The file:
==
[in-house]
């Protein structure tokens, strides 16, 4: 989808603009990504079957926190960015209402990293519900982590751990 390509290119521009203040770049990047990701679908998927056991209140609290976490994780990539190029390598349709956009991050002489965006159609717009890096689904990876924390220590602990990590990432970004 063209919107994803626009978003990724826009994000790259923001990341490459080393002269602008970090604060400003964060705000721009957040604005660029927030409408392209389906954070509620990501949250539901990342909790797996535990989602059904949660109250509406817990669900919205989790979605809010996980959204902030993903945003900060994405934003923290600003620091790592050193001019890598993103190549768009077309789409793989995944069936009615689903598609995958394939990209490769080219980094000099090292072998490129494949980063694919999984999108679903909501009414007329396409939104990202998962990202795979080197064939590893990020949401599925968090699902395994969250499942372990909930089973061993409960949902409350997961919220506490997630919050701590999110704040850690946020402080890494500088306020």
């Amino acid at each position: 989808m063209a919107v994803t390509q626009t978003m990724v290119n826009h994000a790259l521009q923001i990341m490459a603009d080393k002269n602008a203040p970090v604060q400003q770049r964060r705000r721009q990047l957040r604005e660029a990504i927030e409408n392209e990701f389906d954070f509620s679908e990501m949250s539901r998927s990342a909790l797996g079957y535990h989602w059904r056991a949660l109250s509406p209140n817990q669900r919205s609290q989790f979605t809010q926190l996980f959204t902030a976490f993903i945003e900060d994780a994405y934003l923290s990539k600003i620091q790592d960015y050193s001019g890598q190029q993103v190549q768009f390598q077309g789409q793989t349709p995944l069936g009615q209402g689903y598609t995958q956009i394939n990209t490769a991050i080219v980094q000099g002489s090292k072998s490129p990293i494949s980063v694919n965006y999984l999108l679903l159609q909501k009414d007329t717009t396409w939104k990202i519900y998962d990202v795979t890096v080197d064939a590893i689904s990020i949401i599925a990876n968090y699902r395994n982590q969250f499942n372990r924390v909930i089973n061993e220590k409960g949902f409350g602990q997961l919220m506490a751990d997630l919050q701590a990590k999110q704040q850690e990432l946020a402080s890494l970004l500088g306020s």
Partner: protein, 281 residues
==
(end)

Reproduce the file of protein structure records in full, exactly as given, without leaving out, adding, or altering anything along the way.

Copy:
[in-house]
């Protein structure tokens, strides 16, 4: 989808603009990504079957926190960015209402990293519900982590751990 390509290119521009203040770049990047990701679908998927056991209140609290976490994780990539190029390598349709956009991050002489965006159609717009890096689904990876924390220590602990990590990432970004 063209919107994803626009978003990724826009994000790259923001990341490459080393002269602008970090604060400003964060705000721009957040604005660029927030409408392209389906954070509620990501949250539901990342909790797996535990989602059904949660109250509406817990669900919205989790979605809010996980959204902030993903945003900060994405934003923290600003620091790592050193001019890598993103190549768009077309789409793989995944069936009615689903598609995958394939990209490769080219980094000099090292072998490129494949980063694919999984999108679903909501009414007329396409939104990202998962990202795979080197064939590893990020949401599925968090699902395994969250499942372990909930089973061993409960949902409350997961919220506490997630919050701590999110704040850690946020402080890494500088306020």
């Amino acid at each position: 989808m063209a919107v994803t390509q626009t978003m990724v290119n826009h994000a790259l521009q923001i990341m490459a603009d080393k002269n602008a203040p970090v604060q400003q770049r964060r705000r721009q990047l957040r604005e660029a990504i927030e409408n392209e990701f389906d954070f509620s679908e990501m949250s539901r998927s990342a909790l797996g079957y535990h989602w059904r056991a949660l109250s509406p209140n817990q669900r919205s609290q989790f979605t809010q926190l996980f959204t902030a976490f993903i945003e900060d994780a994405y934003l923290s990539k600003i620091q790592d960015y050193s001019g890598q190029q993103v190549q768009f390598q077309g789409q793989t349709p995944l069936g009615q209402g689903y598609t995958q956009i394939n990209t490769a991050i080219v980094q000099g002489s090292k072998s490129p990293i494949s980063v694919n965006y999984l999108l679903l159609q909501k009414d007329t717009t396409w939104k990202i519900y998962d990202v795979t890096v080197d064939a590893i689904s990020i949401i599925a990876n968090y699902r395994n982590q969250f499942n372990r924390v909930i089973n061993e220590k409960g949902f409350g602990q997961l919220m506490a751990d997630l919050q701590a990590k999110q704040q850690e990432l946020a402080s890494l970004l500088g306020s």
Partner: protein, 281 residues